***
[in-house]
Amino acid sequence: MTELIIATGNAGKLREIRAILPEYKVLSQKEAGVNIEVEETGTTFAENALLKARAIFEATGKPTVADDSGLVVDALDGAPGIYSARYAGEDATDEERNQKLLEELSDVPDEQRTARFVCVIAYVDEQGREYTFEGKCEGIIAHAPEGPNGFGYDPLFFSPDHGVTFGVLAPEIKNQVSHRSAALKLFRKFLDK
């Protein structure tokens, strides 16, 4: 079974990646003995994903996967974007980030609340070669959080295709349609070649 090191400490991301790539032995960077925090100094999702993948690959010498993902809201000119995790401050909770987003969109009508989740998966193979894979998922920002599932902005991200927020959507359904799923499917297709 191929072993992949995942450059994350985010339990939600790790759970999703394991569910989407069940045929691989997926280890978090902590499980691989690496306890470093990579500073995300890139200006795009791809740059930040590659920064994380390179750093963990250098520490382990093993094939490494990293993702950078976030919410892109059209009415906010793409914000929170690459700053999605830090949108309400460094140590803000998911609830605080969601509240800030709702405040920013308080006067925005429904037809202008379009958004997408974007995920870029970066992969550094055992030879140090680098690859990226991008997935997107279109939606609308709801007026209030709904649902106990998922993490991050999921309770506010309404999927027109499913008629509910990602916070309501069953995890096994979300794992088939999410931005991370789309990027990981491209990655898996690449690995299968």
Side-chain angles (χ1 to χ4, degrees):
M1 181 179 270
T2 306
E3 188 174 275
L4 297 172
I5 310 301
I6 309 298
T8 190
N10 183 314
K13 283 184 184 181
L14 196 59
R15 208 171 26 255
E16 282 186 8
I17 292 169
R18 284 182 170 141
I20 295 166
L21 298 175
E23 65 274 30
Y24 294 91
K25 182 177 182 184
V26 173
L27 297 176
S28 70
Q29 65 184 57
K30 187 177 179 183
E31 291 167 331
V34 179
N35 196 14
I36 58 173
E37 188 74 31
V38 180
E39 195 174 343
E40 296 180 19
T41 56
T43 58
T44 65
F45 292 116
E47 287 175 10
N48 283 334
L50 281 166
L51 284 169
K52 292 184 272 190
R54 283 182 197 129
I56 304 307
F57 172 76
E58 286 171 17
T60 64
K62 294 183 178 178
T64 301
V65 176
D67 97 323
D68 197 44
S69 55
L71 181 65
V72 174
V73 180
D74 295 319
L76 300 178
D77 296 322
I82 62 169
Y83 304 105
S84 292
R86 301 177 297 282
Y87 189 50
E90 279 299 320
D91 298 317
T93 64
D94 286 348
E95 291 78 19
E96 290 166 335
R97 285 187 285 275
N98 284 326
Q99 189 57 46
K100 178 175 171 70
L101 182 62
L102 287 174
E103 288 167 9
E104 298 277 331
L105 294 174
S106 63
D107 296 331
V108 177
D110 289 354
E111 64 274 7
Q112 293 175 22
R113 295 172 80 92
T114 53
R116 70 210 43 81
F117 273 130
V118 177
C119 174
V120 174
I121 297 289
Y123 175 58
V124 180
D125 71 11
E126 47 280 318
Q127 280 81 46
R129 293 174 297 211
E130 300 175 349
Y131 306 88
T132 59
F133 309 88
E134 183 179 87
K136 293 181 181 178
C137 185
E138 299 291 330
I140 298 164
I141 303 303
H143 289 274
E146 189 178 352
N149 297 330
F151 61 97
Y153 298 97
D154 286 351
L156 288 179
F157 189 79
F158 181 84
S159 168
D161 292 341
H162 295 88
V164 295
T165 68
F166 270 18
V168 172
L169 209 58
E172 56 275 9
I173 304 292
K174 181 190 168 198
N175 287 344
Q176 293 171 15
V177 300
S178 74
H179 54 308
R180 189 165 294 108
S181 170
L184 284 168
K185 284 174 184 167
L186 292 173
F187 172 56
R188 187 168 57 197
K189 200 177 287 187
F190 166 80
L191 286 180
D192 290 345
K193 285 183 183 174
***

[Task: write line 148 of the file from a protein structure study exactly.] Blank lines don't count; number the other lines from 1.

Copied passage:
D192 290 345